GLEN ALPINE — The 2021-22 fiscal year budget for the town of Glen Alpine came in with a lower tax rate, but a larger budget than the year before — and it’s a budget that gives aldermen a 2% raise.
Coming in at a total $1,008,367.42, the budget gives the town’s full-time employees a 2% cost-of-living adjustment and taxpayers a 1 cent per $100 of property value tax cut, according to the budget narrative. That adjustment also will apply to the aldermen.
It was a contested budget, with Alderman Rodney Cox voting against it at the board’s June 14 meeting. Alderman Sheila Perkins wasn’t at that meeting, but had expressed at a previous meeting that she would have voted against it unless it gave a 3% cost-of-living adjustment to town employees.
Mayor Bob Benfield, Cox and Perkins all agreed that they would give up their stipends for serving on the board if it meant their colleagues would approve the increased cost-of-living adjustment.
But others, including Aldermen Tim Suttles and Gary Meise, said that should be a personal decision for each board member to make. Meise made it clear that he wasn’t willing to give up his pay at the board’s May meeting.
He said he thought the town employees were being treated well, and that they had received cost-of-living adjustments in previous years.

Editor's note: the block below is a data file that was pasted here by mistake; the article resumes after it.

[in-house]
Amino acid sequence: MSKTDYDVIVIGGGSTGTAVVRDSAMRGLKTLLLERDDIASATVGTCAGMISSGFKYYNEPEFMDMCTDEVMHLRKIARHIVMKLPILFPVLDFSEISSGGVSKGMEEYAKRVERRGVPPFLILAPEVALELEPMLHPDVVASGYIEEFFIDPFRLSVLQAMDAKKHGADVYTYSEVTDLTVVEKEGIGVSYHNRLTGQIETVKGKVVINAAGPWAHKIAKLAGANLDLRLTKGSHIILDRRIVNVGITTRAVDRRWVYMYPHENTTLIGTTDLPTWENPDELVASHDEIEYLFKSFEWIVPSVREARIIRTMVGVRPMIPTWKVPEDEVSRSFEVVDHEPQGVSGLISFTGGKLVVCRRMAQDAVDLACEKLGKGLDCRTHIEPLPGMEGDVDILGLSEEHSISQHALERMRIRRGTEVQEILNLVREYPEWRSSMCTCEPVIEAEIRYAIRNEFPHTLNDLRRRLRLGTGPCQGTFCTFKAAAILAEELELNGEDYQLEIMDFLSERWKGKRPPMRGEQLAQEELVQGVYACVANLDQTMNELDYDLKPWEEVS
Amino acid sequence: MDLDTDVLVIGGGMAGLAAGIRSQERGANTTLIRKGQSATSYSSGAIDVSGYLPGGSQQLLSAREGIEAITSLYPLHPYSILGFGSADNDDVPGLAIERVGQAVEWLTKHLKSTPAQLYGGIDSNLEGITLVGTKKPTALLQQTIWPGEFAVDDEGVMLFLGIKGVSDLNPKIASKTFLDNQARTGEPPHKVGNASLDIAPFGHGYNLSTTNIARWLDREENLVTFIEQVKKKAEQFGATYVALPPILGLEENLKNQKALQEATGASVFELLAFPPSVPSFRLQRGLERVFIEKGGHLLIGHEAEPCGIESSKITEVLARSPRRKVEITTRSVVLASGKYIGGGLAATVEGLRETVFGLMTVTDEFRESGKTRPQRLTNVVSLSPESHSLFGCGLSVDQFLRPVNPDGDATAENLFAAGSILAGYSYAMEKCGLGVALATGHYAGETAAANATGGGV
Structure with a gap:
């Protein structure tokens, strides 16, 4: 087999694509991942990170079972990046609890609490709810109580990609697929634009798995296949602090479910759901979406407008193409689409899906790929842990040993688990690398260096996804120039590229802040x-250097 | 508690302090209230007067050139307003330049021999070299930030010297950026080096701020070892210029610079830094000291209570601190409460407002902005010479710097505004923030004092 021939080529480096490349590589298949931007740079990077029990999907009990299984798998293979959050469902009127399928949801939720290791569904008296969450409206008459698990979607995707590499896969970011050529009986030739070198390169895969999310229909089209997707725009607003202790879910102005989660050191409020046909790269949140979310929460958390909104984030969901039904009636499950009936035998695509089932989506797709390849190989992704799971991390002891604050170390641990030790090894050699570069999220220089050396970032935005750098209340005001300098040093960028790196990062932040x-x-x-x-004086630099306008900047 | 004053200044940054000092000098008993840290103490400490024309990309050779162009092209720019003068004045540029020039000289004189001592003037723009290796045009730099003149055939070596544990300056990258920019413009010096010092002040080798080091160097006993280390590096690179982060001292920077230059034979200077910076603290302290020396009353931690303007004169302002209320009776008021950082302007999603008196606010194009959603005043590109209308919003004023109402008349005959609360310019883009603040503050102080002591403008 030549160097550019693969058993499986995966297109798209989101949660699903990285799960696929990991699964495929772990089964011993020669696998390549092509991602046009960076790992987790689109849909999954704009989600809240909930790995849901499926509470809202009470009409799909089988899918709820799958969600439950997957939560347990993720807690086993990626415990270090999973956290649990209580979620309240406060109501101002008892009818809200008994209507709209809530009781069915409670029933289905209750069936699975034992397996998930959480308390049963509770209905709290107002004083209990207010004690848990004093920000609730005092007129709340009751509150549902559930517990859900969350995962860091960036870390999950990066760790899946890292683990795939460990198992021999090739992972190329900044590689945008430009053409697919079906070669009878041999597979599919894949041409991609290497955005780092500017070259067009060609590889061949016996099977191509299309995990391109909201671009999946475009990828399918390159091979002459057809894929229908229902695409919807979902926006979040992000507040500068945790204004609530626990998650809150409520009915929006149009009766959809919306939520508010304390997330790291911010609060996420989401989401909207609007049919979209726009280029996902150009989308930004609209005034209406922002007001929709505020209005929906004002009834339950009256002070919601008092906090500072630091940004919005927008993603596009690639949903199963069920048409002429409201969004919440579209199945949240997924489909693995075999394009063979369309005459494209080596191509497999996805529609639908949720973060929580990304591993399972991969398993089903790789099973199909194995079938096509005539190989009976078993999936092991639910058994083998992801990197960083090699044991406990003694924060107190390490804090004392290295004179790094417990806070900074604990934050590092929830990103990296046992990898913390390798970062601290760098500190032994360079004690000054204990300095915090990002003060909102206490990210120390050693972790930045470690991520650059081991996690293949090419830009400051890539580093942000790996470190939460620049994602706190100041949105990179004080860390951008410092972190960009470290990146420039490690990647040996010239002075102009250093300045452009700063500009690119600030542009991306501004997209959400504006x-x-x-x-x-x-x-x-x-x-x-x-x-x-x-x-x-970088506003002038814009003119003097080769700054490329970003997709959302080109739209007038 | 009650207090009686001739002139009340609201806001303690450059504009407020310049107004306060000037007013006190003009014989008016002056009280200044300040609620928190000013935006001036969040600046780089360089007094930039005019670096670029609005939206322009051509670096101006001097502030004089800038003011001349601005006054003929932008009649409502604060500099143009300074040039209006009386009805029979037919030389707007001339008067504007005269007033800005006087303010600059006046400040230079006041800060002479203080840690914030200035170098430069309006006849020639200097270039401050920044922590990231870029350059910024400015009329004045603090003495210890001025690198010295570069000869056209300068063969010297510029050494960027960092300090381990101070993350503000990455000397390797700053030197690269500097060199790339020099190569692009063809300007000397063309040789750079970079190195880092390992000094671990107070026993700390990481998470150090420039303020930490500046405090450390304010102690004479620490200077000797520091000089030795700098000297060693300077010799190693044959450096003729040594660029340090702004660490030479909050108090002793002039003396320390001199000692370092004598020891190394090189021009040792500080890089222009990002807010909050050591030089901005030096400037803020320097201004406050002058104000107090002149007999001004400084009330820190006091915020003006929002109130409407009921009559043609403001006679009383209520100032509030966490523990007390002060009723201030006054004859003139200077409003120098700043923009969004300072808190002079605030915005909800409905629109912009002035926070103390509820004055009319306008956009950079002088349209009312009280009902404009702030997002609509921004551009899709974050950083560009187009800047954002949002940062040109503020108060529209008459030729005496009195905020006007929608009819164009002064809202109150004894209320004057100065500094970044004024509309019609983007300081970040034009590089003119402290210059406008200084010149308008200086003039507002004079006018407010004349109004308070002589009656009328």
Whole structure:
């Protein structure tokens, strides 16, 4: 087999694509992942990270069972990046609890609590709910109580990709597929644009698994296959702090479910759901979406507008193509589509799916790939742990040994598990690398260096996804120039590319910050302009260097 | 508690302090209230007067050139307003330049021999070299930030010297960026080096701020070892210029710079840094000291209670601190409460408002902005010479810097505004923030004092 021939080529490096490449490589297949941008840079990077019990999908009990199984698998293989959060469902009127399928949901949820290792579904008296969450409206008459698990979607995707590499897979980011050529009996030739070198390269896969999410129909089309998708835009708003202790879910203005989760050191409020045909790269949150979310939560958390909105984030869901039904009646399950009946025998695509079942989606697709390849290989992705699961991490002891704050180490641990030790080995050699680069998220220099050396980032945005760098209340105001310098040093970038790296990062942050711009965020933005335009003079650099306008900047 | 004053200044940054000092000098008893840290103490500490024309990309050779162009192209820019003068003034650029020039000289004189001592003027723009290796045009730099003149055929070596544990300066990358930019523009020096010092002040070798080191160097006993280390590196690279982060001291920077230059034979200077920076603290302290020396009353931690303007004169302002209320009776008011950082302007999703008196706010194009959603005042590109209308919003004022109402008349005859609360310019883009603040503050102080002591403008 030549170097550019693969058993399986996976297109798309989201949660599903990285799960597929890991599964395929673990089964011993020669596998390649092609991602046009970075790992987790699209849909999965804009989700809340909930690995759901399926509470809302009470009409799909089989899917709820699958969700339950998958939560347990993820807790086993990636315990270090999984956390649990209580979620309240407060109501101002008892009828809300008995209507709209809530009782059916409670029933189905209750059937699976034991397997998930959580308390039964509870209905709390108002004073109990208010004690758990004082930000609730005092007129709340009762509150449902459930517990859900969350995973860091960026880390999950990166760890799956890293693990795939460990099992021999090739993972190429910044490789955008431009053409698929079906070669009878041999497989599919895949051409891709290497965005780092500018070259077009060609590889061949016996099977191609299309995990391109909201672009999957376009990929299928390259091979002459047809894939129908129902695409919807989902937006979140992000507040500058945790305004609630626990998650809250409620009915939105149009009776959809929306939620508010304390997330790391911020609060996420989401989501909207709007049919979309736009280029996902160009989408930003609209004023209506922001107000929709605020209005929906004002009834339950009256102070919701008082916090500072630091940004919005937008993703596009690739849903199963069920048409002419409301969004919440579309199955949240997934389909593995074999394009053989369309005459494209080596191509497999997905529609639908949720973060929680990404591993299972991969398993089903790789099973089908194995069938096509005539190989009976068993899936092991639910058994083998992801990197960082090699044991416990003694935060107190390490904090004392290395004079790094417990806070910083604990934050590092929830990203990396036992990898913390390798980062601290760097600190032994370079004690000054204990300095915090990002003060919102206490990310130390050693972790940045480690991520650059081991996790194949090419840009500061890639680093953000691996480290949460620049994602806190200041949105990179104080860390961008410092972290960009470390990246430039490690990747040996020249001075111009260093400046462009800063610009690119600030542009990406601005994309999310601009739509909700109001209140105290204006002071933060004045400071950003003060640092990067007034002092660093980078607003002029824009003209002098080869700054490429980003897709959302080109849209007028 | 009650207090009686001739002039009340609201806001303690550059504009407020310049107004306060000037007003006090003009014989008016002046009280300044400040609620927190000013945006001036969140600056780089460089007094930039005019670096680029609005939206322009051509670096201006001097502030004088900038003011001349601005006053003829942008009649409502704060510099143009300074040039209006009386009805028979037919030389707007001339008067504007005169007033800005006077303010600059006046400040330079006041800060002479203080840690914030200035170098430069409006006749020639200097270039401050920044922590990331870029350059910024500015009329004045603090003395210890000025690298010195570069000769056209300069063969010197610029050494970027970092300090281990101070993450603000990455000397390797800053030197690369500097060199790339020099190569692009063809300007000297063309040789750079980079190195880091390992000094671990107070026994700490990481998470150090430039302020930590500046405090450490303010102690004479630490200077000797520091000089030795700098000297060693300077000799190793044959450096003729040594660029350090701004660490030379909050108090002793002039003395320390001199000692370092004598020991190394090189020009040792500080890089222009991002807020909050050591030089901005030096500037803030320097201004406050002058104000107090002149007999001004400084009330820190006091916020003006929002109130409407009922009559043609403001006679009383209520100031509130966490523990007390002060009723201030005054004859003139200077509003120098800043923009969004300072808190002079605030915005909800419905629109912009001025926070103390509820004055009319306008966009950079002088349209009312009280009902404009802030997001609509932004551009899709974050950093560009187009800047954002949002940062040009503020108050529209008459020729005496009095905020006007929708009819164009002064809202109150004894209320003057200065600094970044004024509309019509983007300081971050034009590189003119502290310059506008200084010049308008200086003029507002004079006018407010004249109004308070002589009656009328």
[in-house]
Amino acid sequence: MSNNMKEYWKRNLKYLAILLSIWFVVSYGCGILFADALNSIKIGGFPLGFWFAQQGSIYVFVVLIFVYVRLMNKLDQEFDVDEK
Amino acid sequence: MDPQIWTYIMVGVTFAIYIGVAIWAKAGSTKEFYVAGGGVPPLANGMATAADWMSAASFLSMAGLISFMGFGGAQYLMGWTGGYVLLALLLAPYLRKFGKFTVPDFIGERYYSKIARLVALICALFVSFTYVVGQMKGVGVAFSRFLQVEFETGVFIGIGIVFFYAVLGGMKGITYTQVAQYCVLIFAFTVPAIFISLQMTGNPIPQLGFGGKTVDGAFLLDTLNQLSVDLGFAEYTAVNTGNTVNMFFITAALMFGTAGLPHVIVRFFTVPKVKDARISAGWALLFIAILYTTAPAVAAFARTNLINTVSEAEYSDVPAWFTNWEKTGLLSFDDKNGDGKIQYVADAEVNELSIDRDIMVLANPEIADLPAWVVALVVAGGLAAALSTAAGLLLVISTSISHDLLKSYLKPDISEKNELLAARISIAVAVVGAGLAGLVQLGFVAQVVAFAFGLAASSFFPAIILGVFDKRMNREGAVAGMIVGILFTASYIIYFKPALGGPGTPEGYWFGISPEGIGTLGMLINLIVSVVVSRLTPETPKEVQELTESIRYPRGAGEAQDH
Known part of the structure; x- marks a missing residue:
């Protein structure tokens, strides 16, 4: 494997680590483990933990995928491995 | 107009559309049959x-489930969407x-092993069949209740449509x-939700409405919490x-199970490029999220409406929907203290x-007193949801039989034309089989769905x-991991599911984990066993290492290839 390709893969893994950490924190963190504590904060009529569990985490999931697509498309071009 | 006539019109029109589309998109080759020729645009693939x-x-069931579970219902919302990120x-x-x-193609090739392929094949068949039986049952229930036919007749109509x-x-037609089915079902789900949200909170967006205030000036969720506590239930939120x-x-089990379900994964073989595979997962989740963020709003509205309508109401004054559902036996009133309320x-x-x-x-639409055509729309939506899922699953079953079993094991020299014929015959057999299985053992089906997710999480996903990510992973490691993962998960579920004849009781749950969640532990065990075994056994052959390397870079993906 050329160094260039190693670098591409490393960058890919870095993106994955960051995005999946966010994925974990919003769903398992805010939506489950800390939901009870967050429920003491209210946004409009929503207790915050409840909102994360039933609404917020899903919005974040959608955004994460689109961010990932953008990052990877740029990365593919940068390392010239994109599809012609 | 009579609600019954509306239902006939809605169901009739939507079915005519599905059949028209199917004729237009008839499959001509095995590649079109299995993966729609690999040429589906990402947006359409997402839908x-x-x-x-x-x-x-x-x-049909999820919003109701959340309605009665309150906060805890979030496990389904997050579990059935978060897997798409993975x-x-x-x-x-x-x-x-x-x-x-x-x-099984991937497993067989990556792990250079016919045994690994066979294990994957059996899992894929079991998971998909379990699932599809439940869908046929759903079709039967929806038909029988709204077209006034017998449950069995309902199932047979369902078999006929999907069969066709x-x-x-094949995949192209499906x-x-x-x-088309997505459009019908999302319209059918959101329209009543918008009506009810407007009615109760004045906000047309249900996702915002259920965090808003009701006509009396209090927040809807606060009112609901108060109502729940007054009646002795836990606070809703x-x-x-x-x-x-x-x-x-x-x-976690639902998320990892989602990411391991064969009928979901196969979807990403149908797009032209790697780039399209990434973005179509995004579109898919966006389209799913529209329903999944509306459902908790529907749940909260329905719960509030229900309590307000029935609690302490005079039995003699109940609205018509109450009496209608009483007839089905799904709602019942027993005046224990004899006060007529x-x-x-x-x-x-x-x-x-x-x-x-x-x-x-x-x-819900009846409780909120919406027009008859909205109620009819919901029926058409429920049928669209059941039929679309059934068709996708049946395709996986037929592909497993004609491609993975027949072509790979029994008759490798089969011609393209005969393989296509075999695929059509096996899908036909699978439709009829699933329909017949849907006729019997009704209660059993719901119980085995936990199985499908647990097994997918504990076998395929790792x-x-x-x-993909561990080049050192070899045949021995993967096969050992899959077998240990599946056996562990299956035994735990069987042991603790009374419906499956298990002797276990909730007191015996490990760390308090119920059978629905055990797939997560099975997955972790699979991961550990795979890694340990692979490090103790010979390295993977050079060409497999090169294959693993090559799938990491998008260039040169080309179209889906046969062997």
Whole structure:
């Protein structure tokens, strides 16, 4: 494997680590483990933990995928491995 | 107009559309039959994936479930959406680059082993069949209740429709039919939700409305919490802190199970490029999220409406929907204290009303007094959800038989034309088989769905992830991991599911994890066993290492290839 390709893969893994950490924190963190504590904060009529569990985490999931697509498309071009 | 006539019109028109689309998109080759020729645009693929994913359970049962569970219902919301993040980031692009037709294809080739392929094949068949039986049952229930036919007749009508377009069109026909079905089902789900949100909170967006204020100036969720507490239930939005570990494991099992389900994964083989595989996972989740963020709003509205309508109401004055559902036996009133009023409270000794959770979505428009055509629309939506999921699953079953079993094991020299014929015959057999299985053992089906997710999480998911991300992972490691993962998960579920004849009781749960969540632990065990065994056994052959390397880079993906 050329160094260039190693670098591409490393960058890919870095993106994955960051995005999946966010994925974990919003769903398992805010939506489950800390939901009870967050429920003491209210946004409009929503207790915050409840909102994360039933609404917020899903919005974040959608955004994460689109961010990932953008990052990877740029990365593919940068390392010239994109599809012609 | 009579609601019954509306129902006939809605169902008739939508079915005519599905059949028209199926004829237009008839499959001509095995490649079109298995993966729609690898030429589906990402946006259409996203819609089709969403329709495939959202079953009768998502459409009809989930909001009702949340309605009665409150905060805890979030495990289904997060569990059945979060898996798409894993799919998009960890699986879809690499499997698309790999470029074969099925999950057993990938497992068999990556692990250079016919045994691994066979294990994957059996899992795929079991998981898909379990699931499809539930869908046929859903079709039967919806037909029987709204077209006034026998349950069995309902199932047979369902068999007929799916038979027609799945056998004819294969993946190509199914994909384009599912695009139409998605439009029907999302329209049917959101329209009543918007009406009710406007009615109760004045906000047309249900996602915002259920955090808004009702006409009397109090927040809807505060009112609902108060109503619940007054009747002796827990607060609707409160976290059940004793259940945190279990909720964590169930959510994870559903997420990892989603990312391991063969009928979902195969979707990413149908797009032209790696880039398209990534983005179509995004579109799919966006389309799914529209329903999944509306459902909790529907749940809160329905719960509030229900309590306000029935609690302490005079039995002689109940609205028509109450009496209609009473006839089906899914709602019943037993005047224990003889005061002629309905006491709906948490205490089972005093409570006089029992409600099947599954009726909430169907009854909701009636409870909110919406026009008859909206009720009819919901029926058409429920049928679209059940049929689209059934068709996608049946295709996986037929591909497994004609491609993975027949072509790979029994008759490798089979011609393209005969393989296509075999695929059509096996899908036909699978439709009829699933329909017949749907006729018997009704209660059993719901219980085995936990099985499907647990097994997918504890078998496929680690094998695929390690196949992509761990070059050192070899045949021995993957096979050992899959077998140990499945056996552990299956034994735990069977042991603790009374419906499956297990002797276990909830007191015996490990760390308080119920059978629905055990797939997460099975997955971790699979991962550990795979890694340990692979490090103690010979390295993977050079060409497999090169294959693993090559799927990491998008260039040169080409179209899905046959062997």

The budget grew $118,083.62 for the new fiscal year, said Town Clerk Melissa Lalonde, and saw increases in almost every department. The cost-of-living adjustment had some impact on those increases, but it wasn’t the only contributing factor.
In the police budget, the rising cost of ammunition and the need for new radios for officers led to an increased budget. The fire department’s budget grew by nearly 50%, largely because of a payment for a new fire truck, and the town’s public works department requested a new dump truck.
Perkins said she was concerned that dropping taxes at the same time the town was growing its budget would lead to tax rate increases in the future.
“Mark my words, we’ll have to go up about 5 or 6 cents, like we did in history,” Perkins said at the town’s May 10 meeting. “It might not be this board. It might not be y’all, but it will be boards in the future.”
Meise said those boards didn’t “manage money correctly,” and that’s why they had to raise the tax rates so much.
As approved, the budget set the property tax rate at 34 cents per $100 of property value, Benfield confirmed.
The News Herald did reach out to a professor at the UNC School of Government about best practices in budget preparation, but did not hear back by press time.